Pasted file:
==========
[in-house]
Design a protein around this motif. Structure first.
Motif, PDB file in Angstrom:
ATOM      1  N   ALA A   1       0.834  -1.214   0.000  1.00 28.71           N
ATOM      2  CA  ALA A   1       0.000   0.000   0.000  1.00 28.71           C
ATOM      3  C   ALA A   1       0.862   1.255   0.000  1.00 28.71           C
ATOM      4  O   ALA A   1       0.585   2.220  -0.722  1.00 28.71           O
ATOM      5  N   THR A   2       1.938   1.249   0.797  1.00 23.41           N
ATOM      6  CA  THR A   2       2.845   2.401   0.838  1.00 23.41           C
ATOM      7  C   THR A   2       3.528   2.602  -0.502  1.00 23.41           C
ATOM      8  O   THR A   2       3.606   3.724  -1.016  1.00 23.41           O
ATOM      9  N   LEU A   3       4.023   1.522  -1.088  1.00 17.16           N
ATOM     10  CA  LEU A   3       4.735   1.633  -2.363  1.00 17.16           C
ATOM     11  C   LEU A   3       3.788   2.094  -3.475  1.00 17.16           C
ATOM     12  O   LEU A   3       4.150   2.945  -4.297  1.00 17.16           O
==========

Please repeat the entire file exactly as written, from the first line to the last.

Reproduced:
[in-house]
Design a protein around this motif. Structure first.
Motif, PDB file in Angstrom:
ATOM      1  N   ALA A   1       0.834  -1.214   0.000  1.00 28.71           N
ATOM      2  CA  ALA A   1       0.000   0.000   0.000  1.00 28.71           C
ATOM      3  C   ALA A   1       0.862   1.255   0.000  1.00 28.71           C
ATOM      4  O   ALA A   1       0.585   2.220  -0.722  1.00 28.71           O
ATOM      5  N   THR A   2       1.938   1.249   0.797  1.00 23.41           N
ATOM      6  CA  THR A   2       2.845   2.401   0.838  1.00 23.41           C
ATOM      7  C   THR A   2       3.528   2.602  -0.502  1.00 23.41           C
ATOM      8  O   THR A   2       3.606   3.724  -1.016  1.00 23.41           O
ATOM      9  N   LEU A   3       4.023   1.522  -1.088  1.00 17.16           N
ATOM     10  CA  LEU A   3       4.735   1.633  -2.363  1.00 17.16           C
ATOM     11  C   LEU A   3       3.788   2.094  -3.475  1.00 17.16           C
ATOM     12  O   LEU A   3       4.150   2.945  -4.297  1.00 17.16           O